There is evidence of a correlation between gun bans and a decrease in gun-related violence. The UK is a perfect example of learning from their mistakes; they fixed an issue before more people could get hurt. Despite this, many gun control critics say that mental health is the real problem, not guns. And while mental health can play a role in gun violence, access to guns is the primary culprit. Had mental health been the main factor influencing gun violence, we would expect research to show that Canada, Australia, and the UK have significantly lower mental health problems than the U.S. due to their lower gun violence rates. But that is not the case. According to the New York Times, in the United States, the mental health care spending rate, the number of mental health professionals per capita, and the rate of severe mental health disorders are all in line with other wealthy countries. While mental health can and should be improved, we must strengthen gun regulation to treat the shooting epidemic.

Through stricter background checks, mental health should be evaluated as well. Stopping someone with deteriorating mental health from buying firearms will prevent suicides by guns as well as lessen mass shootings. According to a 2019 study conducted by The Journalist's Resource, universal background checks can be very effective when paired with licensing strategies, like permit-to-purchase. A 2018 study in the Journal of Urban Health found a 14% drop in firearm homicides in large, urban areas. Similarly, after a decade of implementing a permit-to-purchase law, there was a 40% drop in firearm homicide rates in Connecticut. Firearm homicide rates increased 23% in the three years since Missouri got rid of their permit-to-purchase requirement in 2007.

I know I just spat out a lot of numbers and jargon, but people don't listen and don't act without hard evidence. I know that the Second Amendment has been interpreted to provide Americans with the right to own guns. I am not saying that an entire ban is the best and only option since guns can also save lives in self-defense matters. But we have to be flexible and reach a compromise.

I am tired of teenagers' opinions on gun control being disregarded by our elders due to our age and lack of "experience." We speak out about gun violence BECAUSE of our experience. I am tired of sitting in the corners of my classroom waiting to hear gunshots ring out and feel sticky blood soaking through my clothes. I am tired of texting friends and praying that they are okay. I am tired of people losing loved ones every day because of a preventable issue.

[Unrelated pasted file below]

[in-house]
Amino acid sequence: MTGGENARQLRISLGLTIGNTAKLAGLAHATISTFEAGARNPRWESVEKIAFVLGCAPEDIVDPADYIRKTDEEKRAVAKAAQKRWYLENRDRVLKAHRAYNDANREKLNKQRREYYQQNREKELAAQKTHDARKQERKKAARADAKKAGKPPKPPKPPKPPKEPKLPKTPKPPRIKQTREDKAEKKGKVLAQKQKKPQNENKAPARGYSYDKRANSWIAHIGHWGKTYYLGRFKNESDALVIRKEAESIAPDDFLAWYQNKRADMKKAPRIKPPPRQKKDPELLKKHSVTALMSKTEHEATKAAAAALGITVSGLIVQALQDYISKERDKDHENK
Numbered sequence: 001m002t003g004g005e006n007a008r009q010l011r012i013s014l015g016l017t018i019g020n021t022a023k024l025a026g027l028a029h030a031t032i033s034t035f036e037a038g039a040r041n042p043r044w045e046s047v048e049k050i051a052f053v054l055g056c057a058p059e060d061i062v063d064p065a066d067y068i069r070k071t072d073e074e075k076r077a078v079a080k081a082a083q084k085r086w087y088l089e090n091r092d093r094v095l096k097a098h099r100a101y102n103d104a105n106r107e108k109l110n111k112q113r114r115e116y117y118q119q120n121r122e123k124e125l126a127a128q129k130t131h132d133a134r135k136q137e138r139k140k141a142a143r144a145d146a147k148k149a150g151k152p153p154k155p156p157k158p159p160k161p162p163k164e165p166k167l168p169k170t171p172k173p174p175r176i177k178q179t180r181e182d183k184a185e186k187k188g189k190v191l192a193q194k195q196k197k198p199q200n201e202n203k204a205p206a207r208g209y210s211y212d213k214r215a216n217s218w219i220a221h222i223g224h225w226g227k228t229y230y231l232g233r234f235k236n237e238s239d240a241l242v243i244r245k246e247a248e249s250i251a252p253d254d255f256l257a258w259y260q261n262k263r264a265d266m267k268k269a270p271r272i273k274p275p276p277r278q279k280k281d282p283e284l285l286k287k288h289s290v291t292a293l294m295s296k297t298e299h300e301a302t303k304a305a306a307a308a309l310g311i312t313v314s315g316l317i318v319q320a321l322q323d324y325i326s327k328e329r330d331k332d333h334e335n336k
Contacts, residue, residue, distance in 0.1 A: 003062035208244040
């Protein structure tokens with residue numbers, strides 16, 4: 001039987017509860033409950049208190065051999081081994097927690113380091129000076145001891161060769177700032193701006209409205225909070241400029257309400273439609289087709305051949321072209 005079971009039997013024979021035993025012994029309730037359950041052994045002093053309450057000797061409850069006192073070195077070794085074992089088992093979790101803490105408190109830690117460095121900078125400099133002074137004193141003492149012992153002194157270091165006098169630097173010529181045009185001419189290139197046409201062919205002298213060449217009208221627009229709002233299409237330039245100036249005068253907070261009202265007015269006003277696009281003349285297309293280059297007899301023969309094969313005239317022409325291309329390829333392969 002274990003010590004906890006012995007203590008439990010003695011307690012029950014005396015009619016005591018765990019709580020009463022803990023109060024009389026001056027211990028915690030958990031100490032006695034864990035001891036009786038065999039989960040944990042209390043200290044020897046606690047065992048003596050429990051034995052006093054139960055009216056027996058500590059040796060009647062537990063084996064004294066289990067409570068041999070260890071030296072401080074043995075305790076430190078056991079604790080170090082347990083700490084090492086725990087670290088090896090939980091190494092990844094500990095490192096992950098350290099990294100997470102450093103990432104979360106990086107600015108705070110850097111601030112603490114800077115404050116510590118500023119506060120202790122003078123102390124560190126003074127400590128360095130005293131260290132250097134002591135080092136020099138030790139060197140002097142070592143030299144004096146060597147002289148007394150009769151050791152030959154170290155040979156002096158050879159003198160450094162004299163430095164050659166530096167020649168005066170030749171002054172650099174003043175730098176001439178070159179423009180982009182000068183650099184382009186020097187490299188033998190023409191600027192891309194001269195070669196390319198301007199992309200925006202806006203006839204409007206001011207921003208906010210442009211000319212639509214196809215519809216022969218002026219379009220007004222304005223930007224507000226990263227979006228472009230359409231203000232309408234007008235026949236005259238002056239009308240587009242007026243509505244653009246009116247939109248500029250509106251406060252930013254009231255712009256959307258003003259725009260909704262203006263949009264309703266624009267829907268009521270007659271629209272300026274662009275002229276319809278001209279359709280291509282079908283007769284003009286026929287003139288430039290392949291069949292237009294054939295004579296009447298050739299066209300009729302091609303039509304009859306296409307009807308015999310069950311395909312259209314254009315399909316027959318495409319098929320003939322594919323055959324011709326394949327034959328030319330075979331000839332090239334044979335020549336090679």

Enough is enough. Let's stop the killings.


(I cannot fit every single shooting on here, but this list isn't even close to being finished)


Works Cited

Dave Lawler, Orion Rummler. “A List of America's 23 Deadliest Modern Mass Shootings.” Axios, 25 May 2022,

“Dunblane's Snowdrops: How a School Shooting Changed British Gun Laws.”, NBCUniversal News Group, 13 Mar. 2016,

Franklin, Jonathan. “Where AR-15-Style Rifles Fit in America's Tragic History of Mass Shootings.” NPR, NPR, 26 May 2022,,advocates%20told%20NPR%20in%202018.

Gal, Shayanne, et al. “The US Has Had at Least 604 Mass Shootings so Far in 2022. Here's the Full List.” Insider, Insider, 22 Nov. 2022,

“Gun Violence Archive.” Gun Violence Archive,

“'It's the Guns': Violent Week in a Deadly Year Prompts Familiar US Responses.” The Guardian, Guardian News and Media, 23 Nov. 2022,

“Mass Shootings: America's Challenge for Gun Control Explained in Seven Charts.” BBC News, BBC, 12 Oct. 2022,

Merrefield, Clark, and About The Author Clark Merrefield Clark Merrefield joined The Journalist’s Resource in 2019 after working as a reporter for Newsweek and The Daily Beast. “Can Universal Background Checks Curb Gun Violence? Here's What the Research Says.” The Journalist's Resource, 30 June 2022,

“U.S. Gun Policy: Global Comparisons.” Council on Foreign Relations, Council on Foreign Relations,


1 comentario

You have done an extraordinary job writing about one of the most important issues we face. We need the public (which we have), the will (which we have) and Democrat Majorities in the House and a filibuster-proof Senate (which we don't have).

What has become critical -- something that we can do and can have -- is VOTING participation for every election and for every Office. We each must understand how our democracy works and then participate by voting AND running for election. And if running is not an option, then volunteering in our communities could be.

You bring your intellect and your compassion to every subject. You are making a difference already and you can't even vote yet! You…